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This is the easiest and the most convenient way to shop second hand, from everything I tried. The prices are in the Zara/Everlane range. There will be much more expensive goods of course but I don’t have to look at them / buy them. I know how much I am willing to spend and there is plenty to choose from. May I share what works for me ?

Easy Returns. Measurements. Plenty of choice.

Second hand clothes that you can try at home and return ! Perfect for second hand virgins !

If the silk is see through, you can get a sense of it on the mannequin. I wish there were more details in the description but there are enough for me to get started. The vital stats of a garment are listed. The colors are pretty accurate.

There is a huge inventory. I would assume there is enough choice for every kind of style there can be. ( I am not sure if there is enough clothing in plus sizes. )

I knew of its existence for years but wrote it off as ” designer clothing ! I don’t need that ! ” As I turns out, the website is full of plain shirts, black jeans, simple blue dresses and broken in ballet flats. Forget the labels, look at the clothes.

I have never bought luxury bags and other highly covetable items that are replicated by the counterfeit market. I wont be able to answer any questions on this regard. I buy good quality clothes in simplest cuts and clean lines. And that is about it. Designers make clothes. That is what they are trained to do. They sell handbags. That is what the marketing departments are trained to do.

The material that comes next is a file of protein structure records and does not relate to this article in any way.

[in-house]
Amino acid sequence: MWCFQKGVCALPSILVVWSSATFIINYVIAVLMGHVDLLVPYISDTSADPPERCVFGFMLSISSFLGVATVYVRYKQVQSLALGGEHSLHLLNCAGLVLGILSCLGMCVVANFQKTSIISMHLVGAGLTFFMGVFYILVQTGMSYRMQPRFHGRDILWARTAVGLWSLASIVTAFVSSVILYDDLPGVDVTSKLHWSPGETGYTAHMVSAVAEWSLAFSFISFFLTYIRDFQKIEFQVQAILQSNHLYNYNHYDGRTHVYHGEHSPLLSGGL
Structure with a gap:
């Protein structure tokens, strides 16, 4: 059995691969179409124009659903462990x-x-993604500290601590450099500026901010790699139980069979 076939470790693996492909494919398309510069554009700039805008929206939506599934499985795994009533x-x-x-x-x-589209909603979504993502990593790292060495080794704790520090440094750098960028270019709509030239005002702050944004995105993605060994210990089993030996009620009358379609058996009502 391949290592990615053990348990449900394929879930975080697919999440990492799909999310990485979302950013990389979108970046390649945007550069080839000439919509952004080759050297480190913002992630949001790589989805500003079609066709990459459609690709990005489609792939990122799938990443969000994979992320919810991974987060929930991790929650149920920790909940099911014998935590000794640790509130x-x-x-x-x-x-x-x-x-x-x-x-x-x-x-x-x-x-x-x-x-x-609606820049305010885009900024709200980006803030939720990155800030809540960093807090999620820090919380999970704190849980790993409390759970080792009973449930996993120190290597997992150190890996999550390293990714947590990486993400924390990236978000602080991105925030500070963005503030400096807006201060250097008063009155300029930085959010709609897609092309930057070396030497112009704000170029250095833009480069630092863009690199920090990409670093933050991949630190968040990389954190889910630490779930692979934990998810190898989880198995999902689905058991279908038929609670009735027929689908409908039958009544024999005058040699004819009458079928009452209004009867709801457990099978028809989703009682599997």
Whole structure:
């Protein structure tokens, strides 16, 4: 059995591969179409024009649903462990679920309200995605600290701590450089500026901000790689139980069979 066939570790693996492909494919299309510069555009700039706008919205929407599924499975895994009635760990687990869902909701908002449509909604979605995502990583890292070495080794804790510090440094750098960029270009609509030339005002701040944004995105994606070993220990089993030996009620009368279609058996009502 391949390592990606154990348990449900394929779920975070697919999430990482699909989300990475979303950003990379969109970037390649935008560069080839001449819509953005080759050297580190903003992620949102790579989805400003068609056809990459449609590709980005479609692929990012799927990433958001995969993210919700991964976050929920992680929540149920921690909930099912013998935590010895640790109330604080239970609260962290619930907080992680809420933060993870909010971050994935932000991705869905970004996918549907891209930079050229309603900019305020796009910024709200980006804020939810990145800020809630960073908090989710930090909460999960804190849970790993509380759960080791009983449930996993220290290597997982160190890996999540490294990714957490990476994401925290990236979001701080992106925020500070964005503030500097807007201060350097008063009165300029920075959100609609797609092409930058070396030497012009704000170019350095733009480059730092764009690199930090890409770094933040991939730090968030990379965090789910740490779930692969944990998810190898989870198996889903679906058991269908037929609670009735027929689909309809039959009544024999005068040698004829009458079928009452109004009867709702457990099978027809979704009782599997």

Great Customer service

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I have been trying to convince my husband to shop second hand for years. We got him a pair of shoes two years ago, his first second hand purchase. He wore them to work the next day and the sole came off as he walked to pick up lunch. He pulled a “I told you so”  on me with close up photos to rub it in my face. I called the company and sent them the pictures. They refunded the money right away and credited me 25$ as a sorry for the inconvenience. They didn’t bother me with asking me to send back the shoes. I ordered a dress on which they had listed the wrong dimensions. They sent me a free shipping label for a return. I do my own quality check on the items. I have purchased items labeled excellent which weren’t. They refunded the money and send me a return label.  Yes, I have to go to the post office to drop off a package. I have to call the customer service. But that is a first-world slight inconvenience and not a real problem considering the VALUE of the garments that I do buy. Four years of shopping with them, 50% of my closet bought from them – I have one complaint : the plastic packaging in which my clothes come home.